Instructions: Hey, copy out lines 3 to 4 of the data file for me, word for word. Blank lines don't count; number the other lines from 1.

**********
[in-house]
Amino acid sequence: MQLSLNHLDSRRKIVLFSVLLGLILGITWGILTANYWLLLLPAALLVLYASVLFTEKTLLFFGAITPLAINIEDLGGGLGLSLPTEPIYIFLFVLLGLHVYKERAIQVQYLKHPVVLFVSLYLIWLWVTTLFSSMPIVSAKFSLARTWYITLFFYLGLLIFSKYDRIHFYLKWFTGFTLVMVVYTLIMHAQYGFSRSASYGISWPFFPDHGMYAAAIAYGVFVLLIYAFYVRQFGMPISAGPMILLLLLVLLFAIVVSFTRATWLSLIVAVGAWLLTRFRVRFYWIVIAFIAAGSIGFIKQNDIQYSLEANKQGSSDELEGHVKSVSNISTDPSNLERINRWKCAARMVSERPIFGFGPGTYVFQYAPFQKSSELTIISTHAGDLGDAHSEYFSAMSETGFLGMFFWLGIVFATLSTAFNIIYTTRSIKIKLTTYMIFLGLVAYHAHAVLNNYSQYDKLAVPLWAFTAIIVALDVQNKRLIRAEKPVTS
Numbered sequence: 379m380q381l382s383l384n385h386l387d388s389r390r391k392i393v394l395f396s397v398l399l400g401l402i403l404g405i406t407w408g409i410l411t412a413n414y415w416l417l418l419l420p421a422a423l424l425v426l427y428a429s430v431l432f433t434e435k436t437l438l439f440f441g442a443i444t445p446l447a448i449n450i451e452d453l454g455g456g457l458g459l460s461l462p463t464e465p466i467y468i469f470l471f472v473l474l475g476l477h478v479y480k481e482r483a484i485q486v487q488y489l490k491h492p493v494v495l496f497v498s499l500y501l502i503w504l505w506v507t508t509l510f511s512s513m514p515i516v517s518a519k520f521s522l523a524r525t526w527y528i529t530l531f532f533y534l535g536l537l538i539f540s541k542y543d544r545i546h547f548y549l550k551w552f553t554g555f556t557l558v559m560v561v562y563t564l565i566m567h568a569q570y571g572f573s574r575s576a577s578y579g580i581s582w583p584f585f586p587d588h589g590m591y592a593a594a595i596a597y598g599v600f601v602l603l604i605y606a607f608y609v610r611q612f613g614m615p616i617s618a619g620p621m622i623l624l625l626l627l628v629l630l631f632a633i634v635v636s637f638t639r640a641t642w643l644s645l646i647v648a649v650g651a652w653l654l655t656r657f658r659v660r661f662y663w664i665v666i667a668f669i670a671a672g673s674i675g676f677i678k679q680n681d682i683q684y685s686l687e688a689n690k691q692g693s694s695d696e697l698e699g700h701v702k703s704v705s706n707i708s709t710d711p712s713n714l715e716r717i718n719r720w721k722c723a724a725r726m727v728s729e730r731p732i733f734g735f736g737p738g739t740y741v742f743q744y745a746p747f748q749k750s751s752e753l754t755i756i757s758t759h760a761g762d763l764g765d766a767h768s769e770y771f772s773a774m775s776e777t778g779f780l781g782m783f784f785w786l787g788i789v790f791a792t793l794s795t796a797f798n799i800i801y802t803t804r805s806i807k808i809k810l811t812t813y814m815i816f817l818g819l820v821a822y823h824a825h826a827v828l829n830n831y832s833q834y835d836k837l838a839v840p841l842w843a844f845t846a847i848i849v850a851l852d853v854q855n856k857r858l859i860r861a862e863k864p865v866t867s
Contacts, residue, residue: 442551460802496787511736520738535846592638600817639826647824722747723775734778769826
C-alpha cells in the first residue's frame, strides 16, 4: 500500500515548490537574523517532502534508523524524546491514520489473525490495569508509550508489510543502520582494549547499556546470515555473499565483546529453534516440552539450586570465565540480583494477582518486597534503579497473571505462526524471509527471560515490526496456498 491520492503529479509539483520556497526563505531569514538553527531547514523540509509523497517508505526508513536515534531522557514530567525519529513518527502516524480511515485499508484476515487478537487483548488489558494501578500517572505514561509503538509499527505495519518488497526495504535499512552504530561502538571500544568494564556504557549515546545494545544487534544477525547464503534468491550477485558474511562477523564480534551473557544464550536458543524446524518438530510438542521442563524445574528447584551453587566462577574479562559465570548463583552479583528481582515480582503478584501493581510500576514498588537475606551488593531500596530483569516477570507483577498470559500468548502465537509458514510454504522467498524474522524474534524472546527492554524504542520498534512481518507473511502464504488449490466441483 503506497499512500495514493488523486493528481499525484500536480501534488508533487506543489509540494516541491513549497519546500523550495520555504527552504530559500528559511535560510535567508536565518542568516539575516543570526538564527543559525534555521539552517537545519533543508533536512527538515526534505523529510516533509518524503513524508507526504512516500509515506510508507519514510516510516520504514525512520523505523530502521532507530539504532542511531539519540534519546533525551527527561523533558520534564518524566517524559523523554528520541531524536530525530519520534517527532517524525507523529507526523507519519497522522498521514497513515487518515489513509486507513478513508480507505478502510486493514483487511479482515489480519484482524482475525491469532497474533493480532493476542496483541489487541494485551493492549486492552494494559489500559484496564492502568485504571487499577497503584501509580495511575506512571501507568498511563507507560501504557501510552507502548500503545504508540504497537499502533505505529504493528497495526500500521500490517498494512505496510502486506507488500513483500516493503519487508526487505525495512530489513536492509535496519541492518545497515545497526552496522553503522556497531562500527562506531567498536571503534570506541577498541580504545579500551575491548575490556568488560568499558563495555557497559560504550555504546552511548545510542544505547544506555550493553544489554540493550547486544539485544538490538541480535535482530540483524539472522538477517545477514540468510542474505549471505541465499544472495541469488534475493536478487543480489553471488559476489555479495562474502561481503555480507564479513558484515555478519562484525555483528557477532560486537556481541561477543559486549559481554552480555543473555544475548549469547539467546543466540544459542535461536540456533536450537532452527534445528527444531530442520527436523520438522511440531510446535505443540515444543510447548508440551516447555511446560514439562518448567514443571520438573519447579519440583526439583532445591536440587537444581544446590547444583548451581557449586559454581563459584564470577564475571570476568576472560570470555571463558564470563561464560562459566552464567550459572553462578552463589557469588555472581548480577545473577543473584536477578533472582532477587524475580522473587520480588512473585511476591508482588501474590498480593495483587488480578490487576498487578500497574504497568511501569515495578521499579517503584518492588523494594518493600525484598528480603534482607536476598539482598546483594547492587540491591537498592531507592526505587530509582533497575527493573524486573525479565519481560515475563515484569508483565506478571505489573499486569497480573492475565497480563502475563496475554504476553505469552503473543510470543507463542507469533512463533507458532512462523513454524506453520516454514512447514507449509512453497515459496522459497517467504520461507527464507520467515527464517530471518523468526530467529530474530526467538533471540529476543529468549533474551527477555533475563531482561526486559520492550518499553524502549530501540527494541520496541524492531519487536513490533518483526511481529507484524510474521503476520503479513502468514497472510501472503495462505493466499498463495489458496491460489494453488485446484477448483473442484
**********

Numbered sequence: 379m380q381l382s383l384n385h386l387d388s389r390r391k392i393v394l395f396s397v398l399l400g401l402i403l404g405i406t407w408g409i410l411t412a413n414y415w416l417l418l419l420p421a422a423l424l425v426l427y428a429s430v431l432f433t434e435k436t437l438l439f440f441g442a443i444t445p446l447a448i449n450i451e452d453l454g455g456g457l458g459l460s461l462p463t464e465p466i467y468i469f470l471f472v473l474l475g476l477h478v479y480k481e482r483a484i485q486v487q488y489l490k491h492p493v494v495l496f497v498s499l500y501l502i503w504l505w506v507t508t509l510f511s512s513m514p515i516v517s518a519k520f521s522l523a524r525t526w527y528i529t530l531f532f533y534l535g536l537l538i539f540s541k542y543d544r545i546h547f548y549l550k551w552f553t554g555f556t557l558v559m560v561v562y563t564l565i566m567h568a569q570y571g572f573s574r575s576a577s578y579g580i581s582w583p584f585f586p587d588h589g590m591y592a593a594a595i596a597y598g599v600f601v602l603l604i605y606a607f608y609v610r611q612f613g614m615p616i617s618a619g620p621m622i623l624l625l626l627l628v629l630l631f632a633i634v635v636s637f638t639r640a641t642w643l644s645l646i647v648a649v650g651a652w653l654l655t656r657f658r659v660r661f662y663w664i665v666i667a668f669i670a671a672g673s674i675g676f677i678k679q680n681d682i683q684y685s686l687e688a689n690k691q692g693s694s695d696e697l698e699g700h701v702k703s704v705s706n707i708s709t710d711p712s713n714l715e716r717i718n719r720w721k722c723a724a725r726m727v728s729e730r731p732i733f734g735f736g737p738g739t740y741v742f743q744y745a746p747f748q749k750s751s752e753l754t755i756i757s758t759h760a761g762d763l764g765d766a767h768s769e770y771f772s773a774m775s776e777t778g779f780l781g782m783f784f785w786l787g788i789v790f791a792t793l794s795t796a797f798n799i800i801y802t803t804r805s806i807k808i809k810l811t812t813y814m815i816f817l818g819l820v821a822y823h824a825h826a827v828l829n830n831y832s833q834y835d836k837l838a839v840p841l842w843a844f845t846a847i848i849v850a851l852d853v854q855n856k857r858l859i860r861a862e863k864p865v866t867s
Contacts, residue, residue: 442551460802496787511736520738535846592638600817639826647824722747723775734778769826